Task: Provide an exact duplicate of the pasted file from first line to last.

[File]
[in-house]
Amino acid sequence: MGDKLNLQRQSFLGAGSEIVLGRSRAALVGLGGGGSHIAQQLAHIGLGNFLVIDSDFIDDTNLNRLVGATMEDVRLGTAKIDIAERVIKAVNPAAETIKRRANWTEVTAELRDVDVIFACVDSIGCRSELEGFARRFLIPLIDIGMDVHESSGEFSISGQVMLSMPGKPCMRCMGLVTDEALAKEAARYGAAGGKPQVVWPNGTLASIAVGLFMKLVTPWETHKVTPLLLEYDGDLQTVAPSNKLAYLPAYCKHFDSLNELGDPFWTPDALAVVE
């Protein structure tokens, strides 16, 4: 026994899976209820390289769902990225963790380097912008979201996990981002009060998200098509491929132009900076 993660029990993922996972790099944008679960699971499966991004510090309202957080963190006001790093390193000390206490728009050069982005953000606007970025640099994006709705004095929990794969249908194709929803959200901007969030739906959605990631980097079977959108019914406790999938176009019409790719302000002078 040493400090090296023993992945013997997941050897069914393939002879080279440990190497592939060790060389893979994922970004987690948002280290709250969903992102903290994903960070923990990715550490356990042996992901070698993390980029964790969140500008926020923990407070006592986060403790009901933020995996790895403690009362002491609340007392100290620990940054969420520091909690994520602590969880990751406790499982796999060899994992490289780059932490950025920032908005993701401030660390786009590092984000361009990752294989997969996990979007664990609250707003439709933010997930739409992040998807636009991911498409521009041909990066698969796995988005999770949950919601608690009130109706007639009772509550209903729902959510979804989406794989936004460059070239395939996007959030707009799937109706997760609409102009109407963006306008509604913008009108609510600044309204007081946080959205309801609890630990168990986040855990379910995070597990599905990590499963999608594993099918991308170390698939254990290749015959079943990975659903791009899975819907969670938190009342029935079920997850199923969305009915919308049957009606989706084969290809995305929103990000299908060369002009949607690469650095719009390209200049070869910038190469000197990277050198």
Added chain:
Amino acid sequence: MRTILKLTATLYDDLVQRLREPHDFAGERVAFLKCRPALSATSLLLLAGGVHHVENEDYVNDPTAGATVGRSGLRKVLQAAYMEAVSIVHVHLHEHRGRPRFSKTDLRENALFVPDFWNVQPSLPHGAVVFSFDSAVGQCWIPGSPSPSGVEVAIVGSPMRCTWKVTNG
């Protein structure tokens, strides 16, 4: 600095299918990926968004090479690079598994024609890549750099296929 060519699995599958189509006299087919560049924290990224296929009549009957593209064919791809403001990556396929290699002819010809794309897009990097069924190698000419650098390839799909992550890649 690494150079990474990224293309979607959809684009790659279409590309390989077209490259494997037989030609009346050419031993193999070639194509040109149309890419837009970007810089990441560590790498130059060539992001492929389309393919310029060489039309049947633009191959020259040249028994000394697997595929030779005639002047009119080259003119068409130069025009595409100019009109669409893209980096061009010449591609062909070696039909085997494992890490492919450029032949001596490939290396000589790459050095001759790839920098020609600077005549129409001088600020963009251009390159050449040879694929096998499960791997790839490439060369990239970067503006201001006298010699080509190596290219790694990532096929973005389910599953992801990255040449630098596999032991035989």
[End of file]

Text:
[in-house]
Amino acid sequence: MGDKLNLQRQSFLGAGSEIVLGRSRAALVGLGGGGSHIAQQLAHIGLGNFLVIDSDFIDDTNLNRLVGATMEDVRLGTAKIDIAERVIKAVNPAAETIKRRANWTEVTAELRDVDVIFACVDSIGCRSELEGFARRFLIPLIDIGMDVHESSGEFSISGQVMLSMPGKPCMRCMGLVTDEALAKEAARYGAAGGKPQVVWPNGTLASIAVGLFMKLVTPWETHKVTPLLLEYDGDLQTVAPSNKLAYLPAYCKHFDSLNELGDPFWTPDALAVVE
């Protein structure tokens, strides 16, 4: 026994899976209820390289769902990225963790380097912008979201996990981002009060998200098509491929132009900076 993660029990993922996972790099944008679960699971499966991004510090309202957080963190006001790093390193000390206490728009050069982005953000606007970025640099994006709705004095929990794969249908194709929803959200901007969030739906959605990631980097079977959108019914406790999938176009019409790719302000002078 040493400090090296023993992945013997997941050897069914393939002879080279440990190497592939060790060389893979994922970004987690948002280290709250969903992102903290994903960070923990990715550490356990042996992901070698993390980029964790969140500008926020923990407070006592986060403790009901933020995996790895403690009362002491609340007392100290620990940054969420520091909690994520602590969880990751406790499982796999060899994992490289780059932490950025920032908005993701401030660390786009590092984000361009990752294989997969996990979007664990609250707003439709933010997930739409992040998807636009991911498409521009041909990066698969796995988005999770949950919601608690009130109706007639009772509550209903729902959510979804989406794989936004460059070239395939996007959030707009799937109706997760609409102009109407963006306008509604913008009108609510600044309204007081946080959205309801609890630990168990986040855990379910995070597990599905990590499963999608594993099918991308170390698939254990290749015959079943990975659903791009899975819907969670938190009342029935079920997850199923969305009915919308049957009606989706084969290809995305929103990000299908060369002009949607690469650095719009390209200049070869910038190469000197990277050198």
Added chain:
Amino acid sequence: MRTILKLTATLYDDLVQRLREPHDFAGERVAFLKCRPALSATSLLLLAGGVHHVENEDYVNDPTAGATVGRSGLRKVLQAAYMEAVSIVHVHLHEHRGRPRFSKTDLRENALFVPDFWNVQPSLPHGAVVFSFDSAVGQCWIPGSPSPSGVEVAIVGSPMRCTWKVTNG
């Protein structure tokens, strides 16, 4: 600095299918990926968004090479690079598994024609890549750099296929 060519699995599958189509006299087919560049924290990224296929009549009957593209064919791809403001990556396929290699002819010809794309897009990097069924190698000419650098390839799909992550890649 690494150079990474990224293309979607959809684009790659279409590309390989077209490259494997037989030609009346050419031993193999070639194509040109149309890419837009970007810089990441560590790498130059060539992001492929389309393919310029060489039309049947633009191959020259040249028994000394697997595929030779005639002047009119080259003119068409130069025009595409100019009109669409893209980096061009010449591609062909070696039909085997494992890490492919450029032949001596490939290396000589790459050095001759790839920098020609600077005549129409001088600020963009251009390159050449040879694929096998499960791997790839490439060369990239970067503006201001006298010699080509190596290219790694990532096929973005389910599953992801990255040449630098596999032991035989």